Oct. 4 (Bloomberg) -- U.K. construction output almost stagnated in September as the level of new business fell for the first time since February 2010.
A gauge of building activity based on a survey of purchasing managers dropped to 50.1 from 52.6 in August, Markit and the Chartered Institute of Purchasing and Supply in London said in a report today. That’s lower than the median forecast of 51.6 in a Bloomberg News survey of 10 economists. A measure above 50 indicates expansion.
“Construction companies continued to struggle in the face of growing concerns about the wider economy, with weaker client confidence leading to a reduction in new business,” Markit economist Sarah Bingham said in the report. “Growth slowed to near-stagnation, with constructors relying on work on existing contracts to support output. This therefore bodes ill for construction activity in the coming months.”
The U.K.’s recovery is faltering as global growth slows, Europe’s debt crisis weighs on confidence and the government implements the biggest budget cuts since World War II to narrow the deficit. Meanwhile, a squeeze on household incomes from faster-than-targeted inflation and rising unemployment is eroding consumer confidence and undermining the housing market.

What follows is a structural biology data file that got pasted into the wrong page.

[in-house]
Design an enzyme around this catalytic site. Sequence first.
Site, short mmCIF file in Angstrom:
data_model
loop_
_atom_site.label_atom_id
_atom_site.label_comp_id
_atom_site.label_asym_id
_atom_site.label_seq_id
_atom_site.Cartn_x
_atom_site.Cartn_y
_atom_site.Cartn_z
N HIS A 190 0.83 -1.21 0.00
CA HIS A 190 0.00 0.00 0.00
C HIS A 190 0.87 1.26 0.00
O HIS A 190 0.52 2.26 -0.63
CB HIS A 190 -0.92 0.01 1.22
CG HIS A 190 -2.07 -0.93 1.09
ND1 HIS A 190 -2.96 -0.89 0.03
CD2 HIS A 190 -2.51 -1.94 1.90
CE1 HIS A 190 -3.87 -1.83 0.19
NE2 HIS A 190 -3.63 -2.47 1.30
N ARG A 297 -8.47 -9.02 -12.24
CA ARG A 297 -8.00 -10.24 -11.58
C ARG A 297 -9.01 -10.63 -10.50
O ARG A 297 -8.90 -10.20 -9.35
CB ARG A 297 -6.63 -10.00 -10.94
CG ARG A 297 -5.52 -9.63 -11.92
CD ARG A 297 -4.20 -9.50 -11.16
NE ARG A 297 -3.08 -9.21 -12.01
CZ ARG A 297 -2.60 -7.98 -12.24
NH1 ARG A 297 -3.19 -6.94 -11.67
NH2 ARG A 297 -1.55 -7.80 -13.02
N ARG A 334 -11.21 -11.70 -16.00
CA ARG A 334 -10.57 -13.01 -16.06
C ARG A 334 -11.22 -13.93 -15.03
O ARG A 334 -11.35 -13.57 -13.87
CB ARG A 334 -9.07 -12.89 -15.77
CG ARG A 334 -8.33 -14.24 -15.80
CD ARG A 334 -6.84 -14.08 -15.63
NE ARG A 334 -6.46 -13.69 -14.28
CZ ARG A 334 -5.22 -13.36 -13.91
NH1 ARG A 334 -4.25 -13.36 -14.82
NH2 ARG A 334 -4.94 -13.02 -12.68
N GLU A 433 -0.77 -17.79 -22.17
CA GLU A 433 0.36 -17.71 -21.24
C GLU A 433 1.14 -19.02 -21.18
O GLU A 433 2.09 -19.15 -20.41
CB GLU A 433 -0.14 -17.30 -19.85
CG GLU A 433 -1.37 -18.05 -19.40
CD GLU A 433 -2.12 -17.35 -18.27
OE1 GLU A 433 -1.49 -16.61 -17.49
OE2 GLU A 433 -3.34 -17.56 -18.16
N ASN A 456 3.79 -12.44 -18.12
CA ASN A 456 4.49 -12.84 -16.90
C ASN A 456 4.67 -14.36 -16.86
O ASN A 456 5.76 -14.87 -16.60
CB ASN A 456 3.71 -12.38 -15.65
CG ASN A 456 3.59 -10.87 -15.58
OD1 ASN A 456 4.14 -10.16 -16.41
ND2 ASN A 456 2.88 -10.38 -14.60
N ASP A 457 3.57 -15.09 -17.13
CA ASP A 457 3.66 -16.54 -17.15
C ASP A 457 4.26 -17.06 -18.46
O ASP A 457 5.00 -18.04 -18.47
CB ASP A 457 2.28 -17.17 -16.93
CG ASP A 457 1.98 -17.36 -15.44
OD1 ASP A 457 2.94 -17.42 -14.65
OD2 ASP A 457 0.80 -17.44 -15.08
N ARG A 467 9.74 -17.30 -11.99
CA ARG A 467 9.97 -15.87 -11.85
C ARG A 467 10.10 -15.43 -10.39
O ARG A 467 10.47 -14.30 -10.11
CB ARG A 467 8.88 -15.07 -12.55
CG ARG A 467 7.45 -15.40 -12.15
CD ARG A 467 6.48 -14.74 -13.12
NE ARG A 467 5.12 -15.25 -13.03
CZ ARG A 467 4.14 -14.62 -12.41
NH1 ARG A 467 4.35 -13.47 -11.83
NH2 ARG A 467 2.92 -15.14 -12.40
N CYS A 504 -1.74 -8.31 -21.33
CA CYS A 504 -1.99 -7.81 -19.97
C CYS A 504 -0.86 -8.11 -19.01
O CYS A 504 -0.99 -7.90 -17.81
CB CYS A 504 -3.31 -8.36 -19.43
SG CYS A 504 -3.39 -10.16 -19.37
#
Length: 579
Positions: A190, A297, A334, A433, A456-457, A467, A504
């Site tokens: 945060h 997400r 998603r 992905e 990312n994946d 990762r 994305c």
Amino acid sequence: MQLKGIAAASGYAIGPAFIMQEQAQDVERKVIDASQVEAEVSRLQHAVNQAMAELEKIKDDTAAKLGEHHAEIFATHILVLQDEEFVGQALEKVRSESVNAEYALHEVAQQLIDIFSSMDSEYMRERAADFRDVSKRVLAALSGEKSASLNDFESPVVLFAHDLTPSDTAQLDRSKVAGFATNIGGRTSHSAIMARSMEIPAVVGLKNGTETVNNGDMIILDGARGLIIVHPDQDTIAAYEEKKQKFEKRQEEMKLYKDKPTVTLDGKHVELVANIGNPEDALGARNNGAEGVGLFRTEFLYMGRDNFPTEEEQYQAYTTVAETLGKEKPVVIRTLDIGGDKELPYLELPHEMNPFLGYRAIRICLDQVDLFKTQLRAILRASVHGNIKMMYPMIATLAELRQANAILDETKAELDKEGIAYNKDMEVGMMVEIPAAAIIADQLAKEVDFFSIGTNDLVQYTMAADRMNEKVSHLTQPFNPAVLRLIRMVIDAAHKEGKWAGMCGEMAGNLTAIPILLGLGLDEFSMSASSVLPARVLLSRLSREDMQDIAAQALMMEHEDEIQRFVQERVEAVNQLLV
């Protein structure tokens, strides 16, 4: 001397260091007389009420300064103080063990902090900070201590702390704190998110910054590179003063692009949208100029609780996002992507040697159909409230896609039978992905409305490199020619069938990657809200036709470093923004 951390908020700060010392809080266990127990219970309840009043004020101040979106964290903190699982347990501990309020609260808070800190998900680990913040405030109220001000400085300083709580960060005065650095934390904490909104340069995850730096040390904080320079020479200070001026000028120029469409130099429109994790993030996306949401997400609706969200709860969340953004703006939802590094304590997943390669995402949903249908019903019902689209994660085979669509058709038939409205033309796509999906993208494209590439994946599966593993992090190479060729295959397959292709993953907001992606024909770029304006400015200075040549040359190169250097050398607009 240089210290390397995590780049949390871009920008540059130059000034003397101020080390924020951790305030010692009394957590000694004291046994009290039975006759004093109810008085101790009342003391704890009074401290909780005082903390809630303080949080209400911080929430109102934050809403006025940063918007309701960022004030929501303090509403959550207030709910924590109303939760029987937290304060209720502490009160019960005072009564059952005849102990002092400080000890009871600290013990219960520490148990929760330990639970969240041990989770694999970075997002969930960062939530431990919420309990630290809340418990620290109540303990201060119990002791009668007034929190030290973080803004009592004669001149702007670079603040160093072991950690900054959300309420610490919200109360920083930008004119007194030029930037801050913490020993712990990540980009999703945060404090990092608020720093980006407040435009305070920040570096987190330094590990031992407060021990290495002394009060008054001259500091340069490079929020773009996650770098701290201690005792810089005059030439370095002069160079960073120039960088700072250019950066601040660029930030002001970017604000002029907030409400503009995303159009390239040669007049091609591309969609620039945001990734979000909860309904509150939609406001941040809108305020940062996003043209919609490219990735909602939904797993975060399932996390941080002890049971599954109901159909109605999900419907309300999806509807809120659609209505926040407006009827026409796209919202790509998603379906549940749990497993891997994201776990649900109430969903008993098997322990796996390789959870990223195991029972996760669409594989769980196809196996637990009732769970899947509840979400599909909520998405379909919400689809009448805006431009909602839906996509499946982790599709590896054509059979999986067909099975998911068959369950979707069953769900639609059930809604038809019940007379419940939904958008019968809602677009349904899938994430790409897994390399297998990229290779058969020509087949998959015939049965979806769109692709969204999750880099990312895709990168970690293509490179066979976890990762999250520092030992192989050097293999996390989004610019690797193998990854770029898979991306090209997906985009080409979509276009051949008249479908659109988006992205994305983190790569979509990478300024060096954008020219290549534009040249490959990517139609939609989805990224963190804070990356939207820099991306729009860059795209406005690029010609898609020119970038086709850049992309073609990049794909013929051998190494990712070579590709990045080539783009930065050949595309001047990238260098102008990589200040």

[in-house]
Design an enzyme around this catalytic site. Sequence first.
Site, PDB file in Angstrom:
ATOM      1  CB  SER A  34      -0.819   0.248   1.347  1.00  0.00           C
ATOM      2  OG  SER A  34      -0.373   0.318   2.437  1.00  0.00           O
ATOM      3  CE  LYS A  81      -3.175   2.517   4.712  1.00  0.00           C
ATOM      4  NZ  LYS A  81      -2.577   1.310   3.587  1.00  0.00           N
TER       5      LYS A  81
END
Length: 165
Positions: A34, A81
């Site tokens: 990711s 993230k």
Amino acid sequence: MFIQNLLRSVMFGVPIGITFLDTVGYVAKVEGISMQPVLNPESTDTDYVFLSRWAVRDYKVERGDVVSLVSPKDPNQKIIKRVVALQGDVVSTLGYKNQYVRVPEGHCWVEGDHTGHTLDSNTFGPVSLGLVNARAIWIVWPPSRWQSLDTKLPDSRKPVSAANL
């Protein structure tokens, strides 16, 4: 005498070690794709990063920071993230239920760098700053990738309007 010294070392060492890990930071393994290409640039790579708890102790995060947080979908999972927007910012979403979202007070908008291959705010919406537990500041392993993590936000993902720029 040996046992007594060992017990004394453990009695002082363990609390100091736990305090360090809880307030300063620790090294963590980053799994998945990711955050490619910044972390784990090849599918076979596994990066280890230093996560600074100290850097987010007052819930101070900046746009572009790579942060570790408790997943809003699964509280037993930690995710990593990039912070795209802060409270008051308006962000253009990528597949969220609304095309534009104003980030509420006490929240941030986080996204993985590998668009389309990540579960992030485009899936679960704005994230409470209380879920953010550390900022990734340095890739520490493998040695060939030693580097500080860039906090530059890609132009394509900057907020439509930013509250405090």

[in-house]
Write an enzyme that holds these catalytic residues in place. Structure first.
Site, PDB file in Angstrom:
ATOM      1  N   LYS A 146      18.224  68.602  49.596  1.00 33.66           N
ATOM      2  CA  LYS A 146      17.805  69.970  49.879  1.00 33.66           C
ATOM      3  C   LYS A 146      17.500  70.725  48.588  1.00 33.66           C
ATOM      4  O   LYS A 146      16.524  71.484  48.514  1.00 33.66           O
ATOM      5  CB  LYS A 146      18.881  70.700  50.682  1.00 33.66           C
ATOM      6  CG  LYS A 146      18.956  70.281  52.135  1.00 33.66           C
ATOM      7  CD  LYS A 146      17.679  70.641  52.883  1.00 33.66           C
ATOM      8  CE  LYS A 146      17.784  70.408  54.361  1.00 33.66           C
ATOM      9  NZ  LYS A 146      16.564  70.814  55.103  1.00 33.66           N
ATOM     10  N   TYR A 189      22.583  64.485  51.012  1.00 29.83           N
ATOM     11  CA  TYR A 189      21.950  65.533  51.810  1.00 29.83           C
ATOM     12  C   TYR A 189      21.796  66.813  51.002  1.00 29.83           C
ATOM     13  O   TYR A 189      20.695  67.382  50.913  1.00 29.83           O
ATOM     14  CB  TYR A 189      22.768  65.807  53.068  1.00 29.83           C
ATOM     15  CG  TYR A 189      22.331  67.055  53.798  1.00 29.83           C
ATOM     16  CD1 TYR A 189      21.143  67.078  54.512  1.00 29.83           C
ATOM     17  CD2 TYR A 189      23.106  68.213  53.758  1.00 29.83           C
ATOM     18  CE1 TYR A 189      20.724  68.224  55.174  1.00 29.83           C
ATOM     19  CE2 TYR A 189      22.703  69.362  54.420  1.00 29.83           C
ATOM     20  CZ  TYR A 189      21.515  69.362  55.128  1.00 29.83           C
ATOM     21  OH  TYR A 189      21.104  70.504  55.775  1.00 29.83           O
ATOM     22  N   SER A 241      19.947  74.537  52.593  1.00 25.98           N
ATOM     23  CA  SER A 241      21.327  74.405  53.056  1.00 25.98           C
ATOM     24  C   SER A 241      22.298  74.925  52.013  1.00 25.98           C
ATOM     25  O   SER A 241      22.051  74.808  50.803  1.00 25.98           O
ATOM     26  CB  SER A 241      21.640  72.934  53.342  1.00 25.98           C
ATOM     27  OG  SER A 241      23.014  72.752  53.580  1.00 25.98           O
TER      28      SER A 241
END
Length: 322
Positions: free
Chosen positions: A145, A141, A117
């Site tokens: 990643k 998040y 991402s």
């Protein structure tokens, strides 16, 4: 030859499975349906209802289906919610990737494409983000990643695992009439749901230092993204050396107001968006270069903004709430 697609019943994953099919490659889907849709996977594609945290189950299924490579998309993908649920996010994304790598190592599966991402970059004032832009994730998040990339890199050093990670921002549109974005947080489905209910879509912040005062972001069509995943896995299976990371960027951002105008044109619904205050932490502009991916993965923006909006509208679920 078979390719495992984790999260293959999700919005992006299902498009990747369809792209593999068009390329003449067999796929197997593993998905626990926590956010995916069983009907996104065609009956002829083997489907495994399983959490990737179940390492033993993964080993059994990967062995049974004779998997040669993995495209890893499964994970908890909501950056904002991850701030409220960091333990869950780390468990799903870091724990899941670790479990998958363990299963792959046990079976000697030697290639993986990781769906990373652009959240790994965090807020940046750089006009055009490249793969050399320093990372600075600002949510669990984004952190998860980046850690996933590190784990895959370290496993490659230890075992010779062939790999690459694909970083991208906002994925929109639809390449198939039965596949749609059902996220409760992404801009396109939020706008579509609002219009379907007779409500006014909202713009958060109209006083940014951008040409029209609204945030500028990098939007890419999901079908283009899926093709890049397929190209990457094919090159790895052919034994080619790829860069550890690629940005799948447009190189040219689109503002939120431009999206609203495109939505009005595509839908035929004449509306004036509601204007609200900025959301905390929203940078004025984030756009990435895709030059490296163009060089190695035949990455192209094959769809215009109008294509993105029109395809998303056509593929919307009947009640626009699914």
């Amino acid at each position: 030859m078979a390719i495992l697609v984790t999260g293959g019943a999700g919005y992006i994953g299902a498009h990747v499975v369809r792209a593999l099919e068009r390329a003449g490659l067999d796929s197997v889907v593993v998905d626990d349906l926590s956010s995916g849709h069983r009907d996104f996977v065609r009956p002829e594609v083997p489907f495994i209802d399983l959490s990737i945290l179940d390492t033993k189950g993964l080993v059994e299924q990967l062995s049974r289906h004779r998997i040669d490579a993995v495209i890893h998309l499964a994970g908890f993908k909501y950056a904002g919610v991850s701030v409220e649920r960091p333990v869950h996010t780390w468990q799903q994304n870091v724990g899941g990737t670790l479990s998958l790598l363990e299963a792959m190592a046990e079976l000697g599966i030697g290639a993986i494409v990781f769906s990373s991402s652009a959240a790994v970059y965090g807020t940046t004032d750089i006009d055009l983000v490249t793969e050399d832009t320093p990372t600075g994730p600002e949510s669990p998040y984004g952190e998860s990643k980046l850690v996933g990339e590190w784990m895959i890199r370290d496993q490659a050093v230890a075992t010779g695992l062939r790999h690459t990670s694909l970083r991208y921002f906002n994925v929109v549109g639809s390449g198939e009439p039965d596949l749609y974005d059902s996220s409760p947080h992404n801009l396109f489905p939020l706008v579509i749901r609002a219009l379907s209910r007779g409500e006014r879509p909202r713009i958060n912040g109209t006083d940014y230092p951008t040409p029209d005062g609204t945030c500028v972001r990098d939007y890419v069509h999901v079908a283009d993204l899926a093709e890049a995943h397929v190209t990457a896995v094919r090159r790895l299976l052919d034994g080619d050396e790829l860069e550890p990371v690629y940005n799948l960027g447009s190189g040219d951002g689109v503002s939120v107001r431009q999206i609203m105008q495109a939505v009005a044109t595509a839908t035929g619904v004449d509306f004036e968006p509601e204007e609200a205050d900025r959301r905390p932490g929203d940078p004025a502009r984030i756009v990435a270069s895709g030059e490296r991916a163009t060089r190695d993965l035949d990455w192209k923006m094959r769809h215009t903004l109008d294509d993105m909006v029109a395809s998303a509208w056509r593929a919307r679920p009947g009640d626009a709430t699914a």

Civil engineering declined in September as government- related clients curtailed spending, while homebuilding shrank at the fastest rate in nine months, Markit said. Commercial building expanded, though remained below its long-term trend. The report also said that confidence among construction executives “remained relatively subdued.”
While input costs for builders rose “markedly” in September, driven by higher raw material and fuel costs, the rate of inflation slowed “sharply,” with the measure registering its sharpest monthly decrease since March 2009, Markit said.
U.K. manufacturing rebounded in September from a 26-month low as factories depleted backlogs of work at the fastest pace for two years, CIPS and Markit said yesterday. A survey due to be published tomorrow will show British services growth slowed, according to the median forecast of 28 economists in a Bloomberg News survey.
The deteriorating outlook will spur the Bank of England to resume its emergency bond-purchase program this week, according to nine out of 30 economists in a Bloomberg News survey. That’s the highest proportion since November 2009, when the central bank last expanded the program. The rest say the bank will hold the program at 200 billion pounds ($308 billion).
All 53 economists in a separate survey see no change in the Bank of England’s key interest rate at the Oct. 6 policy meeting, which is at a record low of 0.5 percent.
--Editors: Fergal O’Brien, Alan Crawford
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